Shift work, role overload, and the transition to parenthood

Maureen Perry-Jenkins, Abbie E. Goldberg, Courtney Keeton, Aline G. Sayer

Research output: Contribution to journalArticle

Abstract

This article examines how the work hours, work schedules, and role overload of working-class couples are related to depressive symptoms and relationship conflict across the transition to parenthood. Data are from 132 dual-earner couples interviewed 5 times across the transition. Multilevel modeling analyses revealed that working evening or night shifts, as opposed to day shifts, was related to higher levels of depressive symptoms. For mothers only, working rotating shifts predicted relationship conflict. Increases in role overload were positively related to both depression and conflict; working a nonday shift explained variance in depression and conflict above and beyond role overload. Results suggest that for new parents, working nonday shifts may be a risk factor for depressive symptoms and relationship conflict.

Original languageEnglish (US)
Pages (from-to)123-138
Number of pages16
JournalJournal of Marriage and Family
Volume69
Issue number1
DOIs
StatePublished - Feb 2007
Externally publishedYes

Fingerprint

shift work
parenthood
working class
parents
Parenthood
Depressive Symptoms

Keywords

  • Conflict
  • Depression
  • Dual-earner
  • Transition to parenthood
  • Work family balance
  • Work hours

ASJC Scopus subject areas

  • Social Sciences (miscellaneous)
  • Sociology and Political Science

Cite this

Shift work, role overload, and the transition to parenthood. / Perry-Jenkins, Maureen; Goldberg, Abbie E.; Keeton, Courtney; Sayer, Aline G.

In: Journal of Marriage and Family, Vol. 69, No. 1, 02.2007, p. 123-138.

Research output: Contribution to journalArticle

Perry-Jenkins, Maureen ; Goldberg, Abbie E. ; Keeton, Courtney ; Sayer, Aline G. / Shift work, role overload, and the transition to parenthood. In: Journal of Marriage and Family. 2007 ; Vol. 69, No. 1. pp. 123-138.
@article{a2b7c5459adb4f9cb3ede862f2f99793,
title = "Shift work, role overload, and the transition to parenthood",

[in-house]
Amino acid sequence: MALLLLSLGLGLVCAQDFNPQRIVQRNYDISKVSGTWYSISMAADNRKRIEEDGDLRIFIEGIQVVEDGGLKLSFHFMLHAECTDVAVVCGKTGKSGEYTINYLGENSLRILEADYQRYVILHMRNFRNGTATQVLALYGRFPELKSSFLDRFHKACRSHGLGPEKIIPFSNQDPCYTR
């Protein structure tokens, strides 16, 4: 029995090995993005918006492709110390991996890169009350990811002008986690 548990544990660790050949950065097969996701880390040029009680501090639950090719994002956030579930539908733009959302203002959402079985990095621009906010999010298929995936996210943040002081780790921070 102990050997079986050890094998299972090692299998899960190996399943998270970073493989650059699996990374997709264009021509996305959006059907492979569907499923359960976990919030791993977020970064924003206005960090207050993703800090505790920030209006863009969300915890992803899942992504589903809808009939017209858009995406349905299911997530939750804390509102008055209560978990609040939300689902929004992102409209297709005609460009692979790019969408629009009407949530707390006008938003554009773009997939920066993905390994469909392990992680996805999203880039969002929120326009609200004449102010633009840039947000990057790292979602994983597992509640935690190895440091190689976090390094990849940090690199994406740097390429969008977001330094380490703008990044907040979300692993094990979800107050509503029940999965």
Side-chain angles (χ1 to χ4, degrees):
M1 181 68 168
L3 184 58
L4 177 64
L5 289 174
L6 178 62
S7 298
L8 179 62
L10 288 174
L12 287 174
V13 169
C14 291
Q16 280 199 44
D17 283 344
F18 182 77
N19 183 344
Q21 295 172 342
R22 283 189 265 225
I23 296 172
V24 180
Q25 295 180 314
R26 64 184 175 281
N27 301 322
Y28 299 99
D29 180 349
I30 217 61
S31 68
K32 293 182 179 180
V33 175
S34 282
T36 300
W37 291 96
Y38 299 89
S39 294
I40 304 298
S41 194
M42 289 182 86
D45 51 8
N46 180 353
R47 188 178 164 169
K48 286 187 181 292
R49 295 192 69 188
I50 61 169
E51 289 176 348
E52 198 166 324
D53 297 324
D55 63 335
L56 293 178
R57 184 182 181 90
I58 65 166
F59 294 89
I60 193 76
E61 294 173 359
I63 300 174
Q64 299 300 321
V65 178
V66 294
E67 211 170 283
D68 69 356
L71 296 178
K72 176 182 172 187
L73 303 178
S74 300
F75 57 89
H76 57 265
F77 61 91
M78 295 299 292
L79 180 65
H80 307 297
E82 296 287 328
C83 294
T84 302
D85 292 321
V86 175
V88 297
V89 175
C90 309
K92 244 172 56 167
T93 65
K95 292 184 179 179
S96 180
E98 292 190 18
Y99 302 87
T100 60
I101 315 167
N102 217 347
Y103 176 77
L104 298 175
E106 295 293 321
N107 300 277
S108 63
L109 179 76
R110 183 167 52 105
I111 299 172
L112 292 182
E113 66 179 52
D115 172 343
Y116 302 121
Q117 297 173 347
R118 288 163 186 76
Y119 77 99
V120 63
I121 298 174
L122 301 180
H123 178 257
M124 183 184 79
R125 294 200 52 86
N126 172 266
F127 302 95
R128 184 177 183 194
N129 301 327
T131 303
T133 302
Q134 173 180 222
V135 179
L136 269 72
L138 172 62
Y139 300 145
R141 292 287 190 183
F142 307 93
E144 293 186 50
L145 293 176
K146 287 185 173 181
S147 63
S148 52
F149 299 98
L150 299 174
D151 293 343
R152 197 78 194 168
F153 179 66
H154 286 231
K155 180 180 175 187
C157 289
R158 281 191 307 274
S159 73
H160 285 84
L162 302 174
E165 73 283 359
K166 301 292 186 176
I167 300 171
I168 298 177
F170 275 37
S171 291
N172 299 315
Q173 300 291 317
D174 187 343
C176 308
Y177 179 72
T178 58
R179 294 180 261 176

abstract = "This article examines how the work hours, work schedules, and role overload of working-class couples are related to depressive symptoms and relationship conflict across the transition to parenthood. Data are from 132 dual-earner couples interviewed 5 times across the transition. Multilevel modeling analyses revealed that working evening or night shifts, as opposed to day shifts, was related to higher levels of depressive symptoms. For mothers only, working rotating shifts predicted relationship conflict. Increases in role overload were positively related to both depression and conflict; working a nonday shift explained variance in depression and conflict above and beyond role overload. Results suggest that for new parents, working nonday shifts may be a risk factor for depressive symptoms and relationship conflict.",
keywords = "Conflict, Depression, Dual-earner, Transition to parenthood, Work family balance, Work hours",
author = "Maureen Perry-Jenkins and Goldberg, {Abbie E.} and Courtney Keeton and Sayer, {Aline G.}",
year = "2007",
month = "2",
doi = "10.1111/j.1741-3737.2006.00349.x",
language = "English (US)",
volume = "69",
pages = "123--138",
journal = "Journal of Marriage and Family",
issn = "0022-2445",
publisher = "Wiley-Blackwell",
number = "1",

}

TY - JOUR

T1 - Shift work, role overload, and the transition to parenthood

AU - Perry-Jenkins, Maureen

AU - Goldberg, Abbie E.

AU - Keeton, Courtney

AU - Sayer, Aline G.

PY - 2007/2

Y1 - 2007/2

N2 - This article examines how the work hours, work schedules, and role overload of working-class couples are related to depressive symptoms and relationship conflict across the transition to parenthood. Data are from 132 dual-earner couples interviewed 5 times across the transition. Multilevel modeling analyses revealed that working evening or night shifts, as opposed to day shifts, was related to higher levels of depressive symptoms. For mothers only, working rotating shifts predicted relationship conflict. Increases in role overload were positively related to both depression and conflict; working a nonday shift explained variance in depression and conflict above and beyond role overload. Results suggest that for new parents, working nonday shifts may be a risk factor for depressive symptoms and relationship conflict.

AB - This article examines how the work hours, work schedules, and role overload of working-class couples are related to depressive symptoms and relationship conflict across the transition to parenthood. Data are from 132 dual-earner couples interviewed 5 times across the transition. Multilevel modeling analyses revealed that working evening or night shifts, as opposed to day shifts, was related to higher levels of depressive symptoms. For mothers only, working rotating shifts predicted relationship conflict. Increases in role overload were positively related to both depression and conflict; working a nonday shift explained variance in depression and conflict above and beyond role overload. Results suggest that for new parents, working nonday shifts may be a risk factor for depressive symptoms and relationship conflict.

KW - Conflict

KW - Depression

KW - Dual-earner

KW - Transition to parenthood

KW - Work family balance

KW - Work hours

UR - http://www.scopus.com/inward/record.url?scp=33846459358&partnerID=8YFLogxK

UR - http://www.scopus.com/inward/citedby.url?scp=33846459358&partnerID=8YFLogxK

U2 - 10.1111/j.1741-3737.2006.00349.x

DO - 10.1111/j.1741-3737.2006.00349.x

M3 - Article

C2 - 20216932

AN - SCOPUS:33846459358

VL - 69

SP - 123

EP - 138

JO - Journal of Marriage and Family

JF - Journal of Marriage and Family

SN - 0022-2445

IS - 1

ER -